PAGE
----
6. Safety in numbers

‘One not very safe, two or more extremely safe’ goes something like another saying, maybe. A good friend should be able to pull you out of quicksand. A good friend should be able to wrestle a crocodile. A good friend should be able to stop you from walking when the green man isn’t flashing and know the antidotes to any number of poison darts. Get a good friend like your life depended on it. Because, one fine traveling day, it just might.

7. Mad skills

Simply put, skills open up possibilities. You’re not going to be able to converse with the locals if you don’t speak their language – but you will if your friend does. Your friend’s not going to get that poncho they want if they’re no good at haggling – but they just might if you are. Alarm-setting, pre-planning and map-reading skills wielded by either of you will ensure the both of you getting the most out of your days away. So get the most out of your days away: phone a friend and find out what skills they’re packing. The very best kind of adventuring awaits you both…

Feature image c/o Ted McGarth, Flickr 


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Carolyn August 6, 2015 - 2:21 am

What is the average age of the people who use Intrepid Travel?

Intrepid Admin August 10, 2015 - 9:56 am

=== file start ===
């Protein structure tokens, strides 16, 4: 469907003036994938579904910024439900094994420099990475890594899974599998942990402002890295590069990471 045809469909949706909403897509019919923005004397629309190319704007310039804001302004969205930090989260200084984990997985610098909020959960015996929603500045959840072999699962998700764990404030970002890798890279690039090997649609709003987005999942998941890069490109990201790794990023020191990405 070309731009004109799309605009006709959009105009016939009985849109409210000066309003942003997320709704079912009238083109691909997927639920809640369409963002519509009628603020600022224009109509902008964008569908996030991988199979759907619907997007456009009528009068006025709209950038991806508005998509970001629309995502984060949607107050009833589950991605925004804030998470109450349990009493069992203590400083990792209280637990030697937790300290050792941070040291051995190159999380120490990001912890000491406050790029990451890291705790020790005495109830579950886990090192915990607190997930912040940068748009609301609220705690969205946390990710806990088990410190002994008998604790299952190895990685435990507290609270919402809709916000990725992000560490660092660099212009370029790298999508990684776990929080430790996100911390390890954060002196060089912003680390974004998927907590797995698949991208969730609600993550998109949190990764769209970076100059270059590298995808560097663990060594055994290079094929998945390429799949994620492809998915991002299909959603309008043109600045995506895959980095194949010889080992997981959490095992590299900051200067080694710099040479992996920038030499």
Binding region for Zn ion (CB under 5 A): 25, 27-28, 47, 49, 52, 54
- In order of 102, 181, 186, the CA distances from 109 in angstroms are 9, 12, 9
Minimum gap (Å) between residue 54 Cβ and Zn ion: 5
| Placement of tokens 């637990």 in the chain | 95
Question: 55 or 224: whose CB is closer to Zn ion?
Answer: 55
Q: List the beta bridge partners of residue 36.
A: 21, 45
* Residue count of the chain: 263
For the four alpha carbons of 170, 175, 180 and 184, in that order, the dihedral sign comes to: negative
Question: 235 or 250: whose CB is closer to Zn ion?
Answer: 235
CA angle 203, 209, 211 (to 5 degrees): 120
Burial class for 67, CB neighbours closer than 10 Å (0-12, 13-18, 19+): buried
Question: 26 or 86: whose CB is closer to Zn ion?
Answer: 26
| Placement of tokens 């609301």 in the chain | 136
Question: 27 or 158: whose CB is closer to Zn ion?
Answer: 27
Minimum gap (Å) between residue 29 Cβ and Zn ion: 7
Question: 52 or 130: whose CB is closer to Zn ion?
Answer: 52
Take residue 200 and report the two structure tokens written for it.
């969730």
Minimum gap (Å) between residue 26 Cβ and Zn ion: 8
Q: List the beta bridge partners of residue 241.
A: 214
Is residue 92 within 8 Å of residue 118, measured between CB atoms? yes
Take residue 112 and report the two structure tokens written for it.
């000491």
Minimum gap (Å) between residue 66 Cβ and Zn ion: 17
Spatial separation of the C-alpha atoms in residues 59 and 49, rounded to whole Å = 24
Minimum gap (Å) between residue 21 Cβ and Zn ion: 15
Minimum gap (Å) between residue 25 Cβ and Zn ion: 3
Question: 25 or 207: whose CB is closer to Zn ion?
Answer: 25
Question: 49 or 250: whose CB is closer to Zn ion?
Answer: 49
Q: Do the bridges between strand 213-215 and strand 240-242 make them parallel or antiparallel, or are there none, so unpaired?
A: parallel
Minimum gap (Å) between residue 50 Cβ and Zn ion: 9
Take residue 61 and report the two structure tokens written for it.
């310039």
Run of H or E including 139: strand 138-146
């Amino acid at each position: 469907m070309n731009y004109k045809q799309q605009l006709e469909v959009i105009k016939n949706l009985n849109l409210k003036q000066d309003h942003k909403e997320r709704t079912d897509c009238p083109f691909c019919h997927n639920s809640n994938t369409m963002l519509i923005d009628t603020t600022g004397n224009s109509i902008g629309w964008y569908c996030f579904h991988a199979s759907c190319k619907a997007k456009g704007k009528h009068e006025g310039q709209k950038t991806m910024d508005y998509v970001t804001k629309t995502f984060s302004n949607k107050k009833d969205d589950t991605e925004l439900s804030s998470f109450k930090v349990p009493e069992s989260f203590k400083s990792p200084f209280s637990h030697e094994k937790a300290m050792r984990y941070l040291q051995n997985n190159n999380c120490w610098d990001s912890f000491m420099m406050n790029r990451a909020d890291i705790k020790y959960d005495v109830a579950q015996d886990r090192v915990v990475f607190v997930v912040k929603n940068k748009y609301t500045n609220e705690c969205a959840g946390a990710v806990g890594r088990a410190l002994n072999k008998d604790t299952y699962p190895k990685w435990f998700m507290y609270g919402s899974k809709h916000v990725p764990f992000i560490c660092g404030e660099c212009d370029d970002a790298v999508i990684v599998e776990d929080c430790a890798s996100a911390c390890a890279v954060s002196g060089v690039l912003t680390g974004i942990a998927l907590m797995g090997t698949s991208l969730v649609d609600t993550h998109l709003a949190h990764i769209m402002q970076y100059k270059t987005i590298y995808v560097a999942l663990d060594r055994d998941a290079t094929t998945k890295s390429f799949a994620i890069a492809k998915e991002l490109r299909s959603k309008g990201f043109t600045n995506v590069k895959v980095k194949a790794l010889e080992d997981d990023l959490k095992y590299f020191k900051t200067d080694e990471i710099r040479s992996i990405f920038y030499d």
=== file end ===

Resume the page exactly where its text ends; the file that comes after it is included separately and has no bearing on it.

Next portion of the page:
Hey Carolyn,

The average age of our passengers is mid-30s, but it depends a lot on the trip style and destination. People of all ages travel with us and on any given trip you might find ages ranging from 18-75 and over!

Hope that helps. Let me know if you have any further questions.

n July 12, 2015 - 9:12 pm

It depends on the friend. I have several close friends who I world never dream of traveling with. I am naturally introverted and traveling with someone would allow me to stay within my comfort zone… particularly if the travel buddy was more introverted than I. I thought I didn’t want to travel alone but at one point the options were to travel alone or miss seeing the things I wanted (the person I was going to travel to NYC with chose to go with get comfort zone of older friends and go to DC). I’m actually really glad I went alone. I went to two cities I wouldn’t otherwise have visited, did things that I’m pretty sure my friend wouldn’t have done (edge walk on the cn tower) and made a new friend whilst stranded sure to an epic hurricane. We were comfortable enough to share a room after a few days to save $. If I had been with someone else, I know I would never have made this connection – it would have been too easy to keep to myself. I was never lonely whilst traveling NYC because I somehow found people talking to me (many also from aus) and I even managed to find people to share a taxi with.

Anonymous August 6, 2015 - 1:51 am

Couldn’t agree more. So many times you focus so much on being in a group or with a travel partner that you don’t open up to the locals or other travelers. As for #2, I find that not having someone who knows me helps me be more spontaneous and take risks since no one knows you. Maybe someday I’ll find a good friend or partner that will be travel-compatible with me – but for now I’m glad to go it alone or pick up like-minded solo travelers for parts of my trip.